Fourteen year old Devin Quinlin is an eighth grader at Roxbury Latin. Devin is a scholar athelete, who plays three sports for RL, and is particularly interested in English and French. He recently took part in the annual service day at the Eliot Burying Grounds, next door to HBI’s headquarters at the Eustis Street Fire House. We are are pleased that he agreed to share his experience with us as a guest blogger.

On Monday, October 22, a group of thirteen Roxbury Latin 8th graders, along with two parents and two teachers, went to the Eliot Burying Ground as part of RL’s service day. John Eliot, for whom the cemetery is named, is the founder of our school and as part of our work we tended to his tomb.

We worked for about two hours, raking and bagging all the leaves in the site and picking up small pieces of trash, mainly wrappers, bottles, and cans. We then dug about eight to ten wide holes around the inside of the fence, and planted about 20 daffodil bulbs in each hole.  The flowers should bloom nicely next spring.

At RL, we learn a lot about the importance of history and specifically Boston’s role in American history. John Eliot himself was an important historical figure.  He was known as “The Apostle to the Indians” and translated the Bible into Algonquin. His tomb is sacred ground to Boston and to The Roxbury Latin School.  We were very happy to be there and we hope our modest efforts help preserve this important piece of Boston’s history.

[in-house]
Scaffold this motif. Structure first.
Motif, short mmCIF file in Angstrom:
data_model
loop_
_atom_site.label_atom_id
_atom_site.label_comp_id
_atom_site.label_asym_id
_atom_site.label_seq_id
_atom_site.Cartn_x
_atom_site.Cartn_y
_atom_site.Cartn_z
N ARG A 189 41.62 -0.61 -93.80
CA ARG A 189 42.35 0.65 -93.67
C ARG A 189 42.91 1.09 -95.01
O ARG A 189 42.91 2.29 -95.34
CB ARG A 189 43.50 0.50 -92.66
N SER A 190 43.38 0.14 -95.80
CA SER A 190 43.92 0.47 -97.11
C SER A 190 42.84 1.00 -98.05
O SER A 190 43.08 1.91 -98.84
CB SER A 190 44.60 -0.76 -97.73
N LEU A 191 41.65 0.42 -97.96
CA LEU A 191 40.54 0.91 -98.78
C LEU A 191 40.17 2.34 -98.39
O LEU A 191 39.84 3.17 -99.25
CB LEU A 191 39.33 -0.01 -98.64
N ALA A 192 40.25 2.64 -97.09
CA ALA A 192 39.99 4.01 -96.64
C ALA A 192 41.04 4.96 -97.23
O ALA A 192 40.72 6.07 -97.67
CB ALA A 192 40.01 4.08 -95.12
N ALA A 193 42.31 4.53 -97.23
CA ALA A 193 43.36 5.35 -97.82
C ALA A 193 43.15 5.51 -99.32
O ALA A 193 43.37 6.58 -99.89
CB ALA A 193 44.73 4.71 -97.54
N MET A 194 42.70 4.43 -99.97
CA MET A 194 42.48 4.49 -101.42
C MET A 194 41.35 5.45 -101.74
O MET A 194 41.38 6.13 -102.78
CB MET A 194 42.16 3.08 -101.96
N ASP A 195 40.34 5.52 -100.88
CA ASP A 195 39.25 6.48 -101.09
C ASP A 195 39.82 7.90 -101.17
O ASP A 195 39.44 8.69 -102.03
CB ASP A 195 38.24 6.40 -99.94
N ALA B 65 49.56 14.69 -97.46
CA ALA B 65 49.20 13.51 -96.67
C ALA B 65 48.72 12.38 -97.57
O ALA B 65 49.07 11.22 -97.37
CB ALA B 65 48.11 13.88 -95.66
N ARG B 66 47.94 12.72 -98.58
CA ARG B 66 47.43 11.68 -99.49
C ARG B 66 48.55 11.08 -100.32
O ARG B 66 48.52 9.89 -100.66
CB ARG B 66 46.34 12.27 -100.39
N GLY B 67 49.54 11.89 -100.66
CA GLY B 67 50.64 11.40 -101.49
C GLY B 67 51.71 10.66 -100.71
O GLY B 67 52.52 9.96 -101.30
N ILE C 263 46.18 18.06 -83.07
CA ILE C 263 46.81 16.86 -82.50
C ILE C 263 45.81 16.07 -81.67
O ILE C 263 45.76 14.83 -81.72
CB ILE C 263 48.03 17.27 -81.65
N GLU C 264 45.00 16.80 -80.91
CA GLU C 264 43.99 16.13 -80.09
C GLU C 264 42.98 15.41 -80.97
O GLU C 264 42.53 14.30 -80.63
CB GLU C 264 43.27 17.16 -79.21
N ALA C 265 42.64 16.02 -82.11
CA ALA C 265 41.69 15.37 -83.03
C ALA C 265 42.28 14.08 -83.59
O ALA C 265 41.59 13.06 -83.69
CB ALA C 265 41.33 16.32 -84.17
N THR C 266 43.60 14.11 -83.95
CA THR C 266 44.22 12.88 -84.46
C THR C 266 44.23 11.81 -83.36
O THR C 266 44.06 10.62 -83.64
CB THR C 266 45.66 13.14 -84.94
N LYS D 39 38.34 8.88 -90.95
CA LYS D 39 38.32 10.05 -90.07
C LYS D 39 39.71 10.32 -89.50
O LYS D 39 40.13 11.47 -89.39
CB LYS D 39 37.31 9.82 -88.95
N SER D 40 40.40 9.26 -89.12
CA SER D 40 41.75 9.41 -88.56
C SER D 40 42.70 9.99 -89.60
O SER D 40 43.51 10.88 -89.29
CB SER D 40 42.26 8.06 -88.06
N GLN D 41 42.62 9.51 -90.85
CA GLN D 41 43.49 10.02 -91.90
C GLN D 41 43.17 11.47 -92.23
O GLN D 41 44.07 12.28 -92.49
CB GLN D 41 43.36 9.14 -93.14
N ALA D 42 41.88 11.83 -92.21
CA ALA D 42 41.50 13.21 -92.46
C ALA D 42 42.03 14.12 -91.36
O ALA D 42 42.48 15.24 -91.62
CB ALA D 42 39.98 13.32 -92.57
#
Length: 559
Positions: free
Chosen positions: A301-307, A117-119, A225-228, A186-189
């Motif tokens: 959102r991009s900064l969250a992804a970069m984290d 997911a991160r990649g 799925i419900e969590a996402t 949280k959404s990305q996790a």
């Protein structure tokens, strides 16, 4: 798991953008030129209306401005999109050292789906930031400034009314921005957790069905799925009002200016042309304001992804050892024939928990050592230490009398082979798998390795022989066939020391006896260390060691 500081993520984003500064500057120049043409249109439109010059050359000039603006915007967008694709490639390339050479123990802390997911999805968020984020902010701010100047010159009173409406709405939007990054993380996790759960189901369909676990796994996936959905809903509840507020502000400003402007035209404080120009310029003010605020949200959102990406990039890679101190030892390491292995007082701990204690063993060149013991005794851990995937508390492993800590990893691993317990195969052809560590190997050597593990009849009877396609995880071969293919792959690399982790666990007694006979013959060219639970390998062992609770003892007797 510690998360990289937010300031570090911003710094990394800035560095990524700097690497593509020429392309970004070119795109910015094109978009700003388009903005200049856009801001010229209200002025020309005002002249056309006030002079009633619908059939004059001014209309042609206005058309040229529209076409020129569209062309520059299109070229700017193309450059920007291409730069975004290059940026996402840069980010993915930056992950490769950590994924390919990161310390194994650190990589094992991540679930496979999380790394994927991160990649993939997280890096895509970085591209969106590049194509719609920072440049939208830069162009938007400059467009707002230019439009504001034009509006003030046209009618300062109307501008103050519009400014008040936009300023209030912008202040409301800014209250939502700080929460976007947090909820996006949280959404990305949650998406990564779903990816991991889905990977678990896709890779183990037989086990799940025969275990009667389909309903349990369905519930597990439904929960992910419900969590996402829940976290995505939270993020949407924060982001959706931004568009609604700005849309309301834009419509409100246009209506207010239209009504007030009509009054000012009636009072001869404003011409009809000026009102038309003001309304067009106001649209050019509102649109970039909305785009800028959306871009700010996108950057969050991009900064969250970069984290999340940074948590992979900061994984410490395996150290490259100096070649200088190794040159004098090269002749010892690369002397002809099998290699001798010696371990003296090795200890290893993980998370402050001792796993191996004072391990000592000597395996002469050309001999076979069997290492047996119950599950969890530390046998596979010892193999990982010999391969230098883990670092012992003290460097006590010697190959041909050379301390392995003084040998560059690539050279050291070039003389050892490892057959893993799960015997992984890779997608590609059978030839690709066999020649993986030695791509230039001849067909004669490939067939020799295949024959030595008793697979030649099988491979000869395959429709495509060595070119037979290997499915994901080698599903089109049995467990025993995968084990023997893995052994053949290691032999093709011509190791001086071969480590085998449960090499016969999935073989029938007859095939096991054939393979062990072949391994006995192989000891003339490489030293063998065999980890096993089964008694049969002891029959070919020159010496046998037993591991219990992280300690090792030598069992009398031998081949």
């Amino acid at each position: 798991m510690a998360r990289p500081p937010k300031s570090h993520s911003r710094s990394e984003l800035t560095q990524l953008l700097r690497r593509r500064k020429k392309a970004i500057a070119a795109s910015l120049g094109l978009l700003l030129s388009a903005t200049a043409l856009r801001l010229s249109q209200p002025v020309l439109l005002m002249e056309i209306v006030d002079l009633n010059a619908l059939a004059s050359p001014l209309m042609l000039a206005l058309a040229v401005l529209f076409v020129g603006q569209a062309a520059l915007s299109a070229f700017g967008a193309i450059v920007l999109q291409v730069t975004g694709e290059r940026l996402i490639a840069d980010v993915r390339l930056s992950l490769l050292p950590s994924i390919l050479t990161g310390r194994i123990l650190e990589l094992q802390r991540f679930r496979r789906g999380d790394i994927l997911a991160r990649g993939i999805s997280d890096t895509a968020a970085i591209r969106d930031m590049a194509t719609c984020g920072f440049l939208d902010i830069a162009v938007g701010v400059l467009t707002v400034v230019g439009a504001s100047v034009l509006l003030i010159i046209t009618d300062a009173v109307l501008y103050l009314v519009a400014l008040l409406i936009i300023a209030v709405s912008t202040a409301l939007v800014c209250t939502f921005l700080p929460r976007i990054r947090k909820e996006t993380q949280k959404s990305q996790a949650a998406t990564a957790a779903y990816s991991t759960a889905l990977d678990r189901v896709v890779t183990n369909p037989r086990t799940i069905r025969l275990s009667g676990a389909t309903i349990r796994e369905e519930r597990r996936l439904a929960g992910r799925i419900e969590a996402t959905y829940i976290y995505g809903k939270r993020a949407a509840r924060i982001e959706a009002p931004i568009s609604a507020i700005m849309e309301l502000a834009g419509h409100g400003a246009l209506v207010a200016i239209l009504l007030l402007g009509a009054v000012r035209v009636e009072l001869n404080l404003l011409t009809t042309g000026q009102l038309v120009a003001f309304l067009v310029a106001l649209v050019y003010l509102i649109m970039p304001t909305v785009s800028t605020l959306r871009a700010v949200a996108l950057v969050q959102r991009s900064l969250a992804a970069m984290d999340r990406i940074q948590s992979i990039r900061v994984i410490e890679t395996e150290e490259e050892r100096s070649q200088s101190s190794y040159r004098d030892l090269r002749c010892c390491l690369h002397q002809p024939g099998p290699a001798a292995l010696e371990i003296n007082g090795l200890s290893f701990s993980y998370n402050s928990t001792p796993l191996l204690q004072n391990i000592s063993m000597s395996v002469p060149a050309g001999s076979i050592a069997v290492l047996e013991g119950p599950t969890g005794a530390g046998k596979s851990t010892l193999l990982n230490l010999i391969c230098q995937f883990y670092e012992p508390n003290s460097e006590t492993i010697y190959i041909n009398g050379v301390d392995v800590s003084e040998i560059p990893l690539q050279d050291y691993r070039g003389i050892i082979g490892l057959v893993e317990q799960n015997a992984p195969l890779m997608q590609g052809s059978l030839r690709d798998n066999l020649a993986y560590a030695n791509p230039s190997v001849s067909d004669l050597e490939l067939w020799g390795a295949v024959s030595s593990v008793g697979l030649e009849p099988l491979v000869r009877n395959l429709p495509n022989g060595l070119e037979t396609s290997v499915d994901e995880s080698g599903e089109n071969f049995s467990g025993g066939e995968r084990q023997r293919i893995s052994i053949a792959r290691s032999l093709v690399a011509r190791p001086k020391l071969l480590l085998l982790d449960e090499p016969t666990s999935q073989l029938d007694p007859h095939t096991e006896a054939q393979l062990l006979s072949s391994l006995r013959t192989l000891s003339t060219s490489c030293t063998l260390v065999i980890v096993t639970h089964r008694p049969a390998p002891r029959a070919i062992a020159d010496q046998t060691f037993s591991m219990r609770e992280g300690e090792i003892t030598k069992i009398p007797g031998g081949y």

See more images of the trip here

Friday, November 16, 2012

Eustis Street Harvest Fest, A Big Success

Last Saturday, November 10th brought crowds to the Eustis Street Fire House, for the first annual Eustis Street Harvest Fest, an event presented by the Common Thread Coalition, and hosted by Historic Boston Inc. Common Thread is a coalition made up of Dudley Square based organizations, which is devoted to bringing people back into Dudley by coordinating cultural activities. All of their events have been exceptionally successful, and this was no different. A beautiful fall day set the scene for crafts, snacks and games on Eustis Street and in the Eliot Burying Grounds. In the burying grounds, a historical scavenger hunt took place, and historians young and old learned about Roxbury's former residents. Those with the keenest eyes were rewarded with some great prizes, courtesy of Haley House Bakery and Cafe, The Boston Police Department, B2 and Discover Roxbury. Out in front of the Fire House, on Eustis Street, children and adults gathered to take part in pumpkin painting, lantern making, and dancing, as well as eating some delicious caramel apples, hot cider, and fresh popcorn. All in all, the day was a great success, and we look forward to celebrating fall on Eustis Street for years to come. However, we would not have been able to do it had it not been for all the work put in by all the Common Thread members. Also, we would like to give special thanks to the Design Studio for Social Intervention for letting us use their Public Kitchen, and Gallery Basquiat for supplying the art supplies, as well as to our wonderful group of volunteers from Boston University.